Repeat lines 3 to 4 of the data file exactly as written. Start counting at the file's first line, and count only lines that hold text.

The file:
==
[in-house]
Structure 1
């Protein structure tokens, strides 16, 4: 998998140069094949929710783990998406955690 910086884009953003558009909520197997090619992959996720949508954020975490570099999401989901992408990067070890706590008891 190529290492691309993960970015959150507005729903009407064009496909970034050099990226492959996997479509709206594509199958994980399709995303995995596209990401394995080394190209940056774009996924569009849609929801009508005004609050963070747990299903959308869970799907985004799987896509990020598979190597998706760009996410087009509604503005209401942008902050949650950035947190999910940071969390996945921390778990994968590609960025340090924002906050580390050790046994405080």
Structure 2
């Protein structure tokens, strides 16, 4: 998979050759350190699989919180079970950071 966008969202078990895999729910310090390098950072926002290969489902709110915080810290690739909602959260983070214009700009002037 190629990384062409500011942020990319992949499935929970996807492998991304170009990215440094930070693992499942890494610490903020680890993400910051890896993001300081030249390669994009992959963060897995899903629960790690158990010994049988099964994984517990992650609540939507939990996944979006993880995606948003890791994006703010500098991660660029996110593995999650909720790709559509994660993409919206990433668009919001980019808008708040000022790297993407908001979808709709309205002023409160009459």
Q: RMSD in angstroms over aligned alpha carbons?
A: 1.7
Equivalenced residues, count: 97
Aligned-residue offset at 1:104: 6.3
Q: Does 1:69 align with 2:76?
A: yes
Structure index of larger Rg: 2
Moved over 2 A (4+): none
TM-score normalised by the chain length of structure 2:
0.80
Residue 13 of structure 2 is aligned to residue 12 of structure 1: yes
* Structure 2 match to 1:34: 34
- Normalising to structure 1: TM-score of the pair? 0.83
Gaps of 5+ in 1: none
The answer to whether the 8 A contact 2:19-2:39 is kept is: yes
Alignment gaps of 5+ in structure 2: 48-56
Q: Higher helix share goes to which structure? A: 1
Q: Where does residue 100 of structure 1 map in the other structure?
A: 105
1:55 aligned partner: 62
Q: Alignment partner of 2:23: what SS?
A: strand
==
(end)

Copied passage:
């Protein structure tokens, strides 16, 4: 998998140069094949929710783990998406955690 910086884009953003558009909520197997090619992959996720949508954020975490570099999401989901992408990067070890706590008891 190529290492691309993960970015959150507005729903009407064009496909970034050099990226492959996997479509709206594509199958994980399709995303995995596209990401394995080394190209940056774009996924569009849609929801009508005004609050963070747990299903959308869970799907985004799987896509990020598979190597998706760009996410087009509604503005209401942008902050949650950035947190999910940071969390996945921390778990994968590609960025340090924002906050580390050790046994405080």
Structure 2